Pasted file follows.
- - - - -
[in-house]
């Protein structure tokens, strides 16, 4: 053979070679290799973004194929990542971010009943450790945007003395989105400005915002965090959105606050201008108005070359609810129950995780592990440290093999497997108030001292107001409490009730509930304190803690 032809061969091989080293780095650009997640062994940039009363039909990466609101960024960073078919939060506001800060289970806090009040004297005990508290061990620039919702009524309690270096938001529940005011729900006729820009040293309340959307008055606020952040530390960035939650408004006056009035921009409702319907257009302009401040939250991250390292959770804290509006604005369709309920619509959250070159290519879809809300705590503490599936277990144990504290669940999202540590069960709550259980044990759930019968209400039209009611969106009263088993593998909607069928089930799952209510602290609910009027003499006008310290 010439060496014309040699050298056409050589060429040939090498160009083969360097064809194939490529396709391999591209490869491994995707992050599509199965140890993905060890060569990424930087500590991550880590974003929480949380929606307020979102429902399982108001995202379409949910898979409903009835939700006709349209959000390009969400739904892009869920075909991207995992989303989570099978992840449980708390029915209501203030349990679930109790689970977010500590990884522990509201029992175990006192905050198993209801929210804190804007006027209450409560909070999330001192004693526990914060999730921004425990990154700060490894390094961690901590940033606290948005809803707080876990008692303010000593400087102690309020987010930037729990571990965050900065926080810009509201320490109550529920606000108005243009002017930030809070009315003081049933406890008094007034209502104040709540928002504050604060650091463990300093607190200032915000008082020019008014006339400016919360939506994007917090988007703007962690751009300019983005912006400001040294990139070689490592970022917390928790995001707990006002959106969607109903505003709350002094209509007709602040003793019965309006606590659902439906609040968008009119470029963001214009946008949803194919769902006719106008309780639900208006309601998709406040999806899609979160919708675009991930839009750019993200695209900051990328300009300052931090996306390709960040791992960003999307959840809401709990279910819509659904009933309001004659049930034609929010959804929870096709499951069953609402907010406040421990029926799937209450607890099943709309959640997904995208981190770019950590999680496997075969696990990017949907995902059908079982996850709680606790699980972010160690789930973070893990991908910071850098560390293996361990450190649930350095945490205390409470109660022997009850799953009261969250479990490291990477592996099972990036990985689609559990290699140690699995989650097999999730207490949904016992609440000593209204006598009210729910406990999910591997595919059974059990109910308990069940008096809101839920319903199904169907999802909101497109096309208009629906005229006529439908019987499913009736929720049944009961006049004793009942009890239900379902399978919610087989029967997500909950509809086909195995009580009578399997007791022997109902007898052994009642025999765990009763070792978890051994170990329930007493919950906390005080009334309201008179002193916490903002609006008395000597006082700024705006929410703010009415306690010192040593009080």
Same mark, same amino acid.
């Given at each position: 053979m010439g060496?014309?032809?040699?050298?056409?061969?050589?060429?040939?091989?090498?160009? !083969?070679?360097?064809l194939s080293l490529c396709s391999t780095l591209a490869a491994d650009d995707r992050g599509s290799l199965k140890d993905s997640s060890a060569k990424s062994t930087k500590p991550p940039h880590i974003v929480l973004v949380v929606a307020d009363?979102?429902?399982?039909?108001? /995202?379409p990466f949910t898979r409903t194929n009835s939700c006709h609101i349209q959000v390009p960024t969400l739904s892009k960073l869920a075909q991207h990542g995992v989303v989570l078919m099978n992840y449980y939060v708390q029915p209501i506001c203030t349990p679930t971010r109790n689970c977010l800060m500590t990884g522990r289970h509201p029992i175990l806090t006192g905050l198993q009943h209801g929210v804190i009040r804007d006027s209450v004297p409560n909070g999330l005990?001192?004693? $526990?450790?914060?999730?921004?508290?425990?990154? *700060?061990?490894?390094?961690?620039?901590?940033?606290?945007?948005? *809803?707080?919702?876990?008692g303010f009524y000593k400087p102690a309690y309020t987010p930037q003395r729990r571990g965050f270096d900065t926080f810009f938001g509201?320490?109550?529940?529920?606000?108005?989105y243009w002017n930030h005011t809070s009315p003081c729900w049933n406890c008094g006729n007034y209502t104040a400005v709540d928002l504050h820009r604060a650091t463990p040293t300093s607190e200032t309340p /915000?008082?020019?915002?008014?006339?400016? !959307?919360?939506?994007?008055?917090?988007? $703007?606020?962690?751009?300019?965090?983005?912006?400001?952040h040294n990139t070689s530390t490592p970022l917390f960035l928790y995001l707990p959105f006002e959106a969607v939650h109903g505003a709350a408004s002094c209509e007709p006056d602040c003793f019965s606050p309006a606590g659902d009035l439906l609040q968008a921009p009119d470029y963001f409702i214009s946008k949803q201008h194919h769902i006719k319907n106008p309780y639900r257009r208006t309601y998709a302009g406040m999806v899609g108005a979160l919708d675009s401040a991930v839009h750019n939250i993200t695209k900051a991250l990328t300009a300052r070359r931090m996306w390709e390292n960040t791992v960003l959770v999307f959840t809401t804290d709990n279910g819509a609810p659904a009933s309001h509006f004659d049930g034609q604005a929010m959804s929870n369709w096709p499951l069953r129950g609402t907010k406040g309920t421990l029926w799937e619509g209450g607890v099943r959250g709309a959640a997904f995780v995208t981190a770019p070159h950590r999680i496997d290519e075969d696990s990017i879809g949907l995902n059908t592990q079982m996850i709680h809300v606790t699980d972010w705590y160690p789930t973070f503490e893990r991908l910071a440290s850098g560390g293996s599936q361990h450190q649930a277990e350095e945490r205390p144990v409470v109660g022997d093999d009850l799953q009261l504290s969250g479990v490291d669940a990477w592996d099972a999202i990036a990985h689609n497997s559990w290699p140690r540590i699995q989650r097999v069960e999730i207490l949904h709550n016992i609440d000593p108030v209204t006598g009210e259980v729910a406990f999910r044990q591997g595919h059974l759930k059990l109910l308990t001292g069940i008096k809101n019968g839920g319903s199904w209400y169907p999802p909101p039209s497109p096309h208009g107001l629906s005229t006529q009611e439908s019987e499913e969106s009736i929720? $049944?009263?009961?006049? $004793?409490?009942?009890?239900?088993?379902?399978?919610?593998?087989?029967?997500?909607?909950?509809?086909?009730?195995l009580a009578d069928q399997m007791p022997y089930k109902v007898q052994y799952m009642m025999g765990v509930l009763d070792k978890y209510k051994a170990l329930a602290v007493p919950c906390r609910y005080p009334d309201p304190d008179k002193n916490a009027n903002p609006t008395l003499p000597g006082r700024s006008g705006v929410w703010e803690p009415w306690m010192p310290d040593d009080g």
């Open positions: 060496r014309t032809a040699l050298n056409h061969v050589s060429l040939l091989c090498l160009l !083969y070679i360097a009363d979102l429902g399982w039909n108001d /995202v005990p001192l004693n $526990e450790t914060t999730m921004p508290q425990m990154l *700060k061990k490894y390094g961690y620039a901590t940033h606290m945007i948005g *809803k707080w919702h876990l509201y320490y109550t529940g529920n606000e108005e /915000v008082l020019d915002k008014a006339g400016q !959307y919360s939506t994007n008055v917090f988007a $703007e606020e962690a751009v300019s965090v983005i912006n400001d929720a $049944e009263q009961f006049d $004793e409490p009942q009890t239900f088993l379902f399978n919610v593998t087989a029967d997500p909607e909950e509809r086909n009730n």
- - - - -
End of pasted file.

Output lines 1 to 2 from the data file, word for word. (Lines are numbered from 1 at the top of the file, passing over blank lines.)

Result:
[in-house]
């Protein structure tokens, strides 16, 4: 053979070679290799973004194929990542971010009943450790945007003395989105400005915002965090959105606050201008108005070359609810129950995780592990440290093999497997108030001292107001409490009730509930304190803690 032809061969091989080293780095650009997640062994940039009363039909990466609101960024960073078919939060506001800060289970806090009040004297005990508290061990620039919702009524309690270096938001529940005011729900006729820009040293309340959307008055606020952040530390960035939650408004006056009035921009409702319907257009302009401040939250991250390292959770804290509006604005369709309920619509959250070159290519879809809300705590503490599936277990144990504290669940999202540590069960709550259980044990759930019968209400039209009611969106009263088993593998909607069928089930799952209510602290609910009027003499006008310290 010439060496014309040699050298056409050589060429040939090498160009083969360097064809194939490529396709391999591209490869491994995707992050599509199965140890993905060890060569990424930087500590991550880590974003929480949380929606307020979102429902399982108001995202379409949910898979409903009835939700006709349209959000390009969400739904892009869920075909991207995992989303989570099978992840449980708390029915209501203030349990679930109790689970977010500590990884522990509201029992175990006192905050198993209801929210804190804007006027209450409560909070999330001192004693526990914060999730921004425990990154700060490894390094961690901590940033606290948005809803707080876990008692303010000593400087102690309020987010930037729990571990965050900065926080810009509201320490109550529920606000108005243009002017930030809070009315003081049933406890008094007034209502104040709540928002504050604060650091463990300093607190200032915000008082020019008014006339400016919360939506994007917090988007703007962690751009300019983005912006400001040294990139070689490592970022917390928790995001707990006002959106969607109903505003709350002094209509007709602040003793019965309006606590659902439906609040968008009119470029963001214009946008949803194919769902006719106008309780639900208006309601998709406040999806899609979160919708675009991930839009750019993200695209900051990328300009300052931090996306390709960040791992960003999307959840809401709990279910819509659904009933309001004659049930034609929010959804929870096709499951069953609402907010406040421990029926799937209450607890099943709309959640997904995208981190770019950590999680496997075969696990990017949907995902059908079982996850709680606790699980972010160690789930973070893990991908910071850098560390293996361990450190649930350095945490205390409470109660022997009850799953009261969250479990490291990477592996099972990036990985689609559990290699140690699995989650097999999730207490949904016992609440000593209204006598009210729910406990999910591997595919059974059990109910308990069940008096809101839920319903199904169907999802909101497109096309208009629906005229006529439908019987499913009736929720049944009961006049004793009942009890239900379902399978919610087989029967997500909950509809086909195995009580009578399997007791022997109902007898052994009642025999765990009763070792978890051994170990329930007493919950906390005080009334309201008179002193916490903002609006008395000597006082700024705006929410703010009415306690010192040593009080």